The DRG system is used as a methodology for studying needs of the population for medical services in some territories of Irkutsk oblast. Data about 31 915 inpatients discharged from 6 hospitals were analyzed. Using the DRG system and expert assessment of inpatients, we determined required volumes of different types of hospital services which should be provided after hospitals are restructured.

The DRG system was analyzed as a hospital treatment cost calculation method under the current health care system of Russia. To this end, the DRG system was tested in some hospitals of Irkutsk oblast.

Findings

The issue of restructuring was included in the national healthcare system reformation strategy, reported to the boards of the Ministry of Healthcare by the Minister of Healthcare of the Russian Federation in March 2000 and October 2001.

It was emphasized that it was necessary to complete the modernization of hospitals by 2005. However, the strategy was not implemented.

Currently, in the Russian compulsory medical insurance (CMI) system, the volume of medical services (in a monetary form) is calculated by insurance companies and health care centers. CMI resources, which must not be exceeded, are allocated to each healthcare facility. However, implementation of the global budget system without additional mechanisms (hospital treatment cost calculation methods) can cause problems for healthcare facilities and have a negative impact on treatment quality.

Clinical statistical groups (CSG) suggested by the Federal CMI are similar to the DRG system. However, taking into account the fact that the DRG system has been functioning since the end of the 1970s, a question arises why it is required to develop one more software product. The CSG program is used by Russian healthcare facilities according to the program “Recommendations on payment methods for specialized medical services provided by hospitals based on the groups of diseases, including clinical statistical groups (CSGs) and clinical profile groups (CPG) using CMI funds” was approved by the Federal CMI Fund. The program aims to calculate hospital treatment costs based on the classification of diseases into clinical statistical groups which have their own adjustment payment coefficients. There are 315 clinical statistical groups. The Russian regions choose a CSG-or CPG-based payment method and determine an adjustment payment coefficient which depends on various additional payment coefficients (a relative input intensity coefficient, an administration coefficient, a hospital healthcare delivery level coefficient, a curation complexity coefficient). The healthcare delivery level coefficient for healthcare facilities of the first level is up to 1.0; of the second level – from 0,9 to 1.2; of the third level - from 1.1 to 1.5; for federal healthcare facilities - from 1.3 to 1.5. According to foreign practices, treatment costs in acute care hospitals are 2.5 – 4 times more than in after-treatment facilities and 9-10 times more than in long-term care hospitals. Thus, healthcare delivery level coefficients do not always reflect the true correlation of treatment costs in these healthcare facilities.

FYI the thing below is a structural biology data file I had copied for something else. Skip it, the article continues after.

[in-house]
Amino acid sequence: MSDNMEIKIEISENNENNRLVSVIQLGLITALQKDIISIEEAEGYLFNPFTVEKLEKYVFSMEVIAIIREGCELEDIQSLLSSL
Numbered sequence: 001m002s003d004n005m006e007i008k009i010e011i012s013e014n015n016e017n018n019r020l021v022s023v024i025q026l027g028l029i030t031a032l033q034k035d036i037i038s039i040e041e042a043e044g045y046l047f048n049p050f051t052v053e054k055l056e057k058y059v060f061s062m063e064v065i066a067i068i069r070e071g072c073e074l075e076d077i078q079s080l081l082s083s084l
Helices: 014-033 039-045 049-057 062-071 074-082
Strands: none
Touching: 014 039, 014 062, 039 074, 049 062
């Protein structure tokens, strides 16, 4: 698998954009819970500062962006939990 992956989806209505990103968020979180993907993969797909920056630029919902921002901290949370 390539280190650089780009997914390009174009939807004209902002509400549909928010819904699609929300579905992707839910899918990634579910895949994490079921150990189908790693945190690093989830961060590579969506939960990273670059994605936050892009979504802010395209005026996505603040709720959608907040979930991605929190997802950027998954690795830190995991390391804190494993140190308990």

Conclusion

As a result of the analysis of economic activities of healthcare facilities, a required amount of beds for acute care, after treatment and chronic treatment hospitals was calculated. We assumed that the duration of acute (short-term) treatment is 8 days. It reduced the amount of acute beds in different hospitals from to 31% to 58%.